The company will handle all the planning; research and recruitment of mock jurors from the community in which the trial will take place; coordination of the facility, including providing meals and refreshments; moderation of sessions; and reporting and analysis.

Two-hour sessions are available for those who simply require information on a single issue in the case, such as damage awards. Four-hour sessions typically are used by those who want to test themes, exhibits, attorney presentations, opening statements and closing arguments. And eight-hour sessions are used for a complete mini-trial experience, typically by those who want to test out witness testimony by showing clips from depositions to test believability and credibility.

SCI's Elizabeth Cooke, a graduate of LSU's Paul M. Hebert Law Center, says seasoned litigators who handle the same type of cases over and over again are not her typical client. More often, attorneys hire her when suddenly faced with a high-stakes case “they've never seen before.”

“It's not a cheap service,” she says. “But in the end, when you're talking about millions and sometimes billions of dollars that are up for grabs, if you will, in a lawsuit, it can end up being an efficient way to save money.”

SCI consultants, who assist on cases all over the country, start by learning each case inside and out: reading all of the pleadings, depositions and testimony, and talking with the attorneys about the finer points of the case. From there, they put together a strategy: formulating sympathetic and unsympathetic jury profiles, suggesting ways to handle sensitive information and organizing focus groups, including a deep background questionnaire on each mock juror. After the focus group session or mock trial, SCI prepares a report of findings, including suggestions on how to divulge difficult facts in the case.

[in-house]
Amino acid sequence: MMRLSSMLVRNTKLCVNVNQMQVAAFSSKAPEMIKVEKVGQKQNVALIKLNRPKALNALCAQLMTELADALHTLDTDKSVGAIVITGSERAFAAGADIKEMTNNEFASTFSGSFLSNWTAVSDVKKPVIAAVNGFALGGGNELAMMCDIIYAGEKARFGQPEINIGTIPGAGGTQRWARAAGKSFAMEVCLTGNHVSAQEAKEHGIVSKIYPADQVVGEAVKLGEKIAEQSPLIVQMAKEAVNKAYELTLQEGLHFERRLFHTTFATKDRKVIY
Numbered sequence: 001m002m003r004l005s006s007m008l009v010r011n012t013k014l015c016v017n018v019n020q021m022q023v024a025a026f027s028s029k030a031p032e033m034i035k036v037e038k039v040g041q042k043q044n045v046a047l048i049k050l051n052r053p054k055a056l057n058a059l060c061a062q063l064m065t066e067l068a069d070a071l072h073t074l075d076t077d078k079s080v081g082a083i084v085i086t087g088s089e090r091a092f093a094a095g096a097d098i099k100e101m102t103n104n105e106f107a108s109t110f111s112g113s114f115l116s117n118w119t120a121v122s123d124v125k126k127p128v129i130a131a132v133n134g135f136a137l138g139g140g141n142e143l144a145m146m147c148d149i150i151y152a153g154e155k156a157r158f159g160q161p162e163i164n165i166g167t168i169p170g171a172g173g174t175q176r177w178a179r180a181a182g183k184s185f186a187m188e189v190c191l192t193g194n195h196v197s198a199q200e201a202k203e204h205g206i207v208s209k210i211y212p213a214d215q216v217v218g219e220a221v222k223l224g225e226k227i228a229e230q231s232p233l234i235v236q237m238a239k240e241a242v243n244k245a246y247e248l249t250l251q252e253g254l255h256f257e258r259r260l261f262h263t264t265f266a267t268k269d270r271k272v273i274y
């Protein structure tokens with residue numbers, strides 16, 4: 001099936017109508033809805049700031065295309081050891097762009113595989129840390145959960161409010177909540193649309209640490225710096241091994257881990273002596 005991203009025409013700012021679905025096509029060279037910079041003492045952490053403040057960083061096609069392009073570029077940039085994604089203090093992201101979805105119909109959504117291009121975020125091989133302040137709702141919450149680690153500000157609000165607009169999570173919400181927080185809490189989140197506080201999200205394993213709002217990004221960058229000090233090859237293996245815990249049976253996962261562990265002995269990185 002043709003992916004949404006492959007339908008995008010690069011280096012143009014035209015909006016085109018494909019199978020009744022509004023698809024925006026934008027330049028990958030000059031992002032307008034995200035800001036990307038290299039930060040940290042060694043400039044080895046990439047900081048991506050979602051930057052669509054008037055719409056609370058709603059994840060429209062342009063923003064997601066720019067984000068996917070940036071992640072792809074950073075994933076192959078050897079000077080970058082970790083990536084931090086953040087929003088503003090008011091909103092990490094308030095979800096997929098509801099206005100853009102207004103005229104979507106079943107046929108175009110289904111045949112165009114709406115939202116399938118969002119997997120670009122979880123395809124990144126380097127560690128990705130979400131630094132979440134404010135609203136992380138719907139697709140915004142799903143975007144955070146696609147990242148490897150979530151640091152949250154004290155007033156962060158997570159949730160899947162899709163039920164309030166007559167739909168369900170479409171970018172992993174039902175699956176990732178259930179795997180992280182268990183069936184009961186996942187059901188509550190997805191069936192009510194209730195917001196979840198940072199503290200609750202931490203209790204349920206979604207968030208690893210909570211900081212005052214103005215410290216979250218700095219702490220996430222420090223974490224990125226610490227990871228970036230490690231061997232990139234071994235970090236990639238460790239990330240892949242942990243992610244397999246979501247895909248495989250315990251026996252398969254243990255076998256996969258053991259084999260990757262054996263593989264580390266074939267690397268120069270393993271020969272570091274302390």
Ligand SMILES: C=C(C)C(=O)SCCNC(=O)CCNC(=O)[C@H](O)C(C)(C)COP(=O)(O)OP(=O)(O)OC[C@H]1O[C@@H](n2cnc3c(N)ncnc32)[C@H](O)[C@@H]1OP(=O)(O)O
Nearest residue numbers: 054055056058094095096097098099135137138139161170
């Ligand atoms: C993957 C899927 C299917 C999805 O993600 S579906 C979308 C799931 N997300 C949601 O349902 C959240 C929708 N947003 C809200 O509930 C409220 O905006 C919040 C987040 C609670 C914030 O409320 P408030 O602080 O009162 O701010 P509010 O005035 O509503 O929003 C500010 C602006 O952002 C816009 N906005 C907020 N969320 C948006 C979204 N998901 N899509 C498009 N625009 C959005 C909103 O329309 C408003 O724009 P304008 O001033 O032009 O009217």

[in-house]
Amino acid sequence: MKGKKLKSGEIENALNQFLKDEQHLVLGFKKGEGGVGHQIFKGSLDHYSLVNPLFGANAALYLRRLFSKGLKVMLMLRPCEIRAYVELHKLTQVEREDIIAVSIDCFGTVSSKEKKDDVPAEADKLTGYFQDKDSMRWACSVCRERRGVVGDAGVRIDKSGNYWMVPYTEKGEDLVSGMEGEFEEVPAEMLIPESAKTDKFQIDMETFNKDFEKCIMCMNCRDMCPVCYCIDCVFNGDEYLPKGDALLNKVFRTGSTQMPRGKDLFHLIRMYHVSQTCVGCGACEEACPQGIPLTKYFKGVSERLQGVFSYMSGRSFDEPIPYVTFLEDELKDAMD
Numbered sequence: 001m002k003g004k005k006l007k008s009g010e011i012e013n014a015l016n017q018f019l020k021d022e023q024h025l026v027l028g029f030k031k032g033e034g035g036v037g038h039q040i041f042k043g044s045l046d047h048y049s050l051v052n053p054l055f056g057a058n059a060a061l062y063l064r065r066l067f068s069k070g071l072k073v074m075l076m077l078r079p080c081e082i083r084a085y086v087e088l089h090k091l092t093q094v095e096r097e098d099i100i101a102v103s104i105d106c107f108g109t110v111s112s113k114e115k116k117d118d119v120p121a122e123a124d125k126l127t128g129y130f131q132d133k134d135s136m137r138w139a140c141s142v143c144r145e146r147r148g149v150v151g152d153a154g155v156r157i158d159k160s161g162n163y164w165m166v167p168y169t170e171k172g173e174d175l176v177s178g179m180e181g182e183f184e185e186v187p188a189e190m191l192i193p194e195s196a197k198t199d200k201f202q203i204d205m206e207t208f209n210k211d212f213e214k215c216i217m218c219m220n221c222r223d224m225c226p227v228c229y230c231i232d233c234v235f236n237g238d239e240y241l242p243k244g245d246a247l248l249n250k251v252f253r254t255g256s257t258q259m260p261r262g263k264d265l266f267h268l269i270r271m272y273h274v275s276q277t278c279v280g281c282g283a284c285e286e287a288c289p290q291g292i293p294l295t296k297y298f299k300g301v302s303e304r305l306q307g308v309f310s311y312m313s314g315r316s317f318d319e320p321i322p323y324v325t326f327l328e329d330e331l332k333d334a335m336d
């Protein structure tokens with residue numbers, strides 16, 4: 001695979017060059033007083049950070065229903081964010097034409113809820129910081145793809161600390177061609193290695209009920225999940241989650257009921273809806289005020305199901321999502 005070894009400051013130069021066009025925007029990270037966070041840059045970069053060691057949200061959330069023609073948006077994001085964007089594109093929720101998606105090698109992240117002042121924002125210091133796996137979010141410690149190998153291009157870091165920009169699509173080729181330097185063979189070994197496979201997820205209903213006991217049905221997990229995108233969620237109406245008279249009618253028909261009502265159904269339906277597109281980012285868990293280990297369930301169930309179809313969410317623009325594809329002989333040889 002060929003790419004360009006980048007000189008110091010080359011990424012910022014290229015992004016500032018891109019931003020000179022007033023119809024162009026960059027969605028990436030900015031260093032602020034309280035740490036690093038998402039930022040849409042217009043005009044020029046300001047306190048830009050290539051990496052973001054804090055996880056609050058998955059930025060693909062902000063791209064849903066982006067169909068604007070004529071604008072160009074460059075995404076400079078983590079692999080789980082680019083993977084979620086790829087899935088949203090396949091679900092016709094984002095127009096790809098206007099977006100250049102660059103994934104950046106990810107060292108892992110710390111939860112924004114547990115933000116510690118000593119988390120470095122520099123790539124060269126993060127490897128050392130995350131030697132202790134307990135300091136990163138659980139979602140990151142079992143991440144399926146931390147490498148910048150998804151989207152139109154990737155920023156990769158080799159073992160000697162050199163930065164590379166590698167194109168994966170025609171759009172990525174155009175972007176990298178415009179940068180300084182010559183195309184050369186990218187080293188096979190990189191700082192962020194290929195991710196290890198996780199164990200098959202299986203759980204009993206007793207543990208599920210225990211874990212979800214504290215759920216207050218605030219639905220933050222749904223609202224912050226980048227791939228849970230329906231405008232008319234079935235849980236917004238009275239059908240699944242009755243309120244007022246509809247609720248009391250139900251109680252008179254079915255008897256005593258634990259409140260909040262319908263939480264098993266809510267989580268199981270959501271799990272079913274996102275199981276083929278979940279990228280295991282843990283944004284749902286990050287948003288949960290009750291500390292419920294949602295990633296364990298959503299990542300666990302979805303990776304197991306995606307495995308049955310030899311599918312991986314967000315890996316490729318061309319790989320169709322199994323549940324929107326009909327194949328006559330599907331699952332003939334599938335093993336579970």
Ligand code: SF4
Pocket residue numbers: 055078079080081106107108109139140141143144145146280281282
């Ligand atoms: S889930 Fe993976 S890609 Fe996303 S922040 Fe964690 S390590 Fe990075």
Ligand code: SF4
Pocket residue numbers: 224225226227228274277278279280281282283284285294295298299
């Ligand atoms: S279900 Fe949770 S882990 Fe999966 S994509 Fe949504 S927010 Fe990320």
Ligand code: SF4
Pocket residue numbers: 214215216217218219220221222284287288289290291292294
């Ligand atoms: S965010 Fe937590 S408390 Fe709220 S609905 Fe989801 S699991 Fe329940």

“Our experience with our clients has shown this process is very helpful,” Cooke says. “If nothing else, it gives them an opportunity to come in and present their case before they get to the courtroom. That's just good practice to have under your belt before you walk in and have to do it for real.”

Science or voodoo?

The 1972 trial of brothers Daniel Berrigan and Philip Berrigan is widely accepted as the first known use of jury consultants. The Berrigans were accused of conspiring to plan violent demonstrations against the Vietnam War. The defense attorneys decided that in order to have the best jury possible, they should poll those persons likely to qualify as jurors in Harrisburg, Pa.—the site of the trial—to determine which demographic groups would be most sympathetic to their clients.

Defense attorneys concluded Protestants—particularly those with a fundamentalist outlook—and college graduates would favor the prosecution because of their support for the position of the U.S. government on the Vietnam conflict. They were successful in having a jury selected that consisted of entirely blue-collar workers who would likely not have graduated from college and who were also of a different denomination. This jury deadlocked at 10-2 in favor of acquittal.

Since then, jury consultants have helped select the juries in the high-profile cases of Rodney King and O.J. Simpson, as well as those that have decided for or against major corporations and other well-known defendants.

But then there's the case of former hedge fund manager Raj Rajaratnam, who reportedly spent $300,000 on jury consultants before the trial in which he was convicted on all 14 counts of securities law violations and sentenced to 11 years in prison.

Borghardt says it's difficult to measure the success of jury consulting because, like anything based on demographics, it isn't an exact science. Consultants can really only tell you what certain groups of people might be more likely to conclude given a certain set of facts or circumstances.

“You're dealing with a nonrepeatable science,” he says. “The best you can do is approximation. The key to judging success is not necessarily accuracy, because what you're learning from these focus groups is how to ferret out information from people in a constructive way so that by the time you get to the real trial, you're able to present the information in a higher quality way than you were the first three times you did it before the mock jury.”